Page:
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MRS Communications Publishes New Manufacturing Process from Stanford Which Could Yield Better Solar Cells, Faster Chips

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The upcoming issue of MRS Communications features a paper from Stanford researchers Garrett Hayes and Bruce Clemens, who describe a new manufacturing process that could make gallium arsenide, a silicon alternative, more cost effective.

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Bio Focus: Biomaterial NanoART Combats HIV

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Advances in biomaterials are ultimately expected to revolutionize approaches to disease treatment by enabling a host of improved drug delivery platforms. A development in this direction has recently been demonstrated by a collaborative team of medical researchers. The researchers report that nanoformulations (i.e., nanoparticle composites comprised of small molecule drugs embedded in a polymer carrier matrix) can be harnessed to improve treatment of human.

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China eliminates rare-earths quotas

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China’s Ministry of Commerce eliminated the quota system for rare-earths exports starting in January 2015. These materials, some of which are considered critical in a broad range of high-tech applications, from consumer electronics and medical equipment to clean-energy and military applications, have been an area of scientific, industrial manufacturing, and government focus for several years.

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Karena W. Chapman and Ali Javey to Receive 2015 MRS Outstanding Young Investigator Awards

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The Materials Research Society’s Outstanding Young Investigator Award recognizes outstanding, interdisciplinary scientific work in materials research by a young scientist or engineer who shows exceptional promise as a developing leader in the materials area. This year, MRS has named two award recipients—Karena W. Chapman, Argonne National Laboratory (ANL), and Ali Javey, University of California, Berkeley (UC-Berkeley). Chapman and Javey will be presented with their awards on April 8, 2015 during the Award Ceremony of the 2015 MRS Spring Meeting in San Francisco.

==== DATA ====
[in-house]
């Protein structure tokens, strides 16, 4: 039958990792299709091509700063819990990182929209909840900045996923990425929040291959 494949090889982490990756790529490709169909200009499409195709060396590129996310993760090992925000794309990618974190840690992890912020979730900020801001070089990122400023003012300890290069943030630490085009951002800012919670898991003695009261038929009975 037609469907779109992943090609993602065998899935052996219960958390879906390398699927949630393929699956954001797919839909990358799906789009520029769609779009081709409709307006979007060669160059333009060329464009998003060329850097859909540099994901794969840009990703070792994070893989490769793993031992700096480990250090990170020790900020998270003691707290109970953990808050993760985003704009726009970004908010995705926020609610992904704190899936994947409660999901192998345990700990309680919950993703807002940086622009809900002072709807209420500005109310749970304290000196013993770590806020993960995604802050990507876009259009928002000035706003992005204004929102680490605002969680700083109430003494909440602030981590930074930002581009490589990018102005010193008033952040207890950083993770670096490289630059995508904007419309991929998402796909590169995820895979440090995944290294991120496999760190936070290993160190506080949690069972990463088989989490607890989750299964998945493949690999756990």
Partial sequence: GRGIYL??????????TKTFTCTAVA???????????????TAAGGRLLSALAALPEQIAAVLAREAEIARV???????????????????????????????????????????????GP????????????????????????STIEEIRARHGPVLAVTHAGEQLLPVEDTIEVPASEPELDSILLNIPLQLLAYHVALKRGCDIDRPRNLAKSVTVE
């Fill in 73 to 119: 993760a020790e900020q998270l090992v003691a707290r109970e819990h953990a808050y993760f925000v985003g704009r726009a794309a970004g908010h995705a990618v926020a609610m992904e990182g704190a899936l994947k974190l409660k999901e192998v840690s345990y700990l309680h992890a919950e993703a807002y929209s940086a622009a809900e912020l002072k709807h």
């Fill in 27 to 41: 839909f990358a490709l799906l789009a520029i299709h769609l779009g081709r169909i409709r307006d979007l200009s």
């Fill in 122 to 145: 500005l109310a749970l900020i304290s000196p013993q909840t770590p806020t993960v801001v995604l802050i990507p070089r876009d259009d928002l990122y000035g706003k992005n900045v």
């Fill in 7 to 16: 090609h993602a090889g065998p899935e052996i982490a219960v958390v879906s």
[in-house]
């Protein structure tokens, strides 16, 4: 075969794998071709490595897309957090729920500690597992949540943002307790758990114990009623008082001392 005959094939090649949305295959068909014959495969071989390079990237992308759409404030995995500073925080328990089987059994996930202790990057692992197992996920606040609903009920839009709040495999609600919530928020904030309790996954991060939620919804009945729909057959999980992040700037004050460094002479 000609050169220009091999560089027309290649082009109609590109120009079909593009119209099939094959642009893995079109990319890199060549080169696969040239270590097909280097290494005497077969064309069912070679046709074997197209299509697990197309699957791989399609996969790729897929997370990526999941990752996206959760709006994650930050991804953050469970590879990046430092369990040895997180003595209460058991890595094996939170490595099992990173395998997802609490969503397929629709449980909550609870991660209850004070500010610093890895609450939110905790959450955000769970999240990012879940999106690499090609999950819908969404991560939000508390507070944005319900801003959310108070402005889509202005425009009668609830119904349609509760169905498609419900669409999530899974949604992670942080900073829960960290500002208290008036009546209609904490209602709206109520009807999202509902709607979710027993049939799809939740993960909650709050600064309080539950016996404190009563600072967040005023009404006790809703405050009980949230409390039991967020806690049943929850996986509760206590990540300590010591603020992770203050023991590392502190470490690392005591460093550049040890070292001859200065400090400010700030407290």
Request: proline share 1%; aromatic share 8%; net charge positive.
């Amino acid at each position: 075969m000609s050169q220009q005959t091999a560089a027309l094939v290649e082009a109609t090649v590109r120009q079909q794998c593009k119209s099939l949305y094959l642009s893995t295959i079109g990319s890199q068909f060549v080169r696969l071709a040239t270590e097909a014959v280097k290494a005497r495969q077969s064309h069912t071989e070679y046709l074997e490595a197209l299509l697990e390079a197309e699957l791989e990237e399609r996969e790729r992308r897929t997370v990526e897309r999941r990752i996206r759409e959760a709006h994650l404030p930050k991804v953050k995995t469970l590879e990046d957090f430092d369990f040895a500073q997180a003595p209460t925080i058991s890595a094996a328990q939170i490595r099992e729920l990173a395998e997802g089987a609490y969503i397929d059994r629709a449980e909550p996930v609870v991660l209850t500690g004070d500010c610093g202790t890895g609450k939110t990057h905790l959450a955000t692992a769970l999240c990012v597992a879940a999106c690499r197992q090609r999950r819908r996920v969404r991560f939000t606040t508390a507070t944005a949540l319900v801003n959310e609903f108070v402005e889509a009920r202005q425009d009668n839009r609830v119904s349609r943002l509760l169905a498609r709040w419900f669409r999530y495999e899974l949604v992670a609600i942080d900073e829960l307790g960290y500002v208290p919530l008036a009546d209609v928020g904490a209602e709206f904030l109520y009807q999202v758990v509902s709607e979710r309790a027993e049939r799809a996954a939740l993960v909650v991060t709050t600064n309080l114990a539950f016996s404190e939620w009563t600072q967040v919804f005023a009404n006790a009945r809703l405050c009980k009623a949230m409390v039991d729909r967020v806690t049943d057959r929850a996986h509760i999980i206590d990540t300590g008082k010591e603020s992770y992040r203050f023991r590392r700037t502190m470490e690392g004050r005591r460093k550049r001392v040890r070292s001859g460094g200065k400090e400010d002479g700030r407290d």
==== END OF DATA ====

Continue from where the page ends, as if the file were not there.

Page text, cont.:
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Ceramics improve operating conditions of solid-oxide fuel cells

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Solid-oxide fuel cells (SOFCs) are most efficient when they operate at high temperatures, originally around 800 to 1000°C. This is because the electrochemical processes inside the cell are thermally driven. The higher the temperature, the faster the reactions and transport rates, and the more current produced. But high operating temperatures also enhance intrinsic mechanical and structural degradation of the materials inside the cell, thus decreasing the SOFC lifetime. According to the September 2014 issue of the MRS Bulletin, the challenge of current SOFC research is to create a cell that can operate at lower temperatures (below 650°C), without sacrificing performance or reliability.

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New 2D material challenges graphene

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Researchers in South Korea have made a two-dimensional nitrogen-containing crystal that they say could rival graphene and silicon as a semiconductor material for electronics. The new 2D material could also find applications in energy storage and catalysis, the researchers say.

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Bio Focus: Spinning artificial spider silk remains a challenge

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The silk that forms spider webs is, by weight, one of the strongest materials found in nature. Spiders can become territorial and even cannibalistic when kept in close proximity to each other, however, and the labor required to harvest their silk is too great to make the process commercially viable. Instead, scientists are studying the molecular basis for spider silk’s valuable properties with the hopes of eventually creating a commercially viable biomimetic synthetic silk fiber.

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John M. Carpenter Receives 2015 MRS Innovation in Materials Characterization Award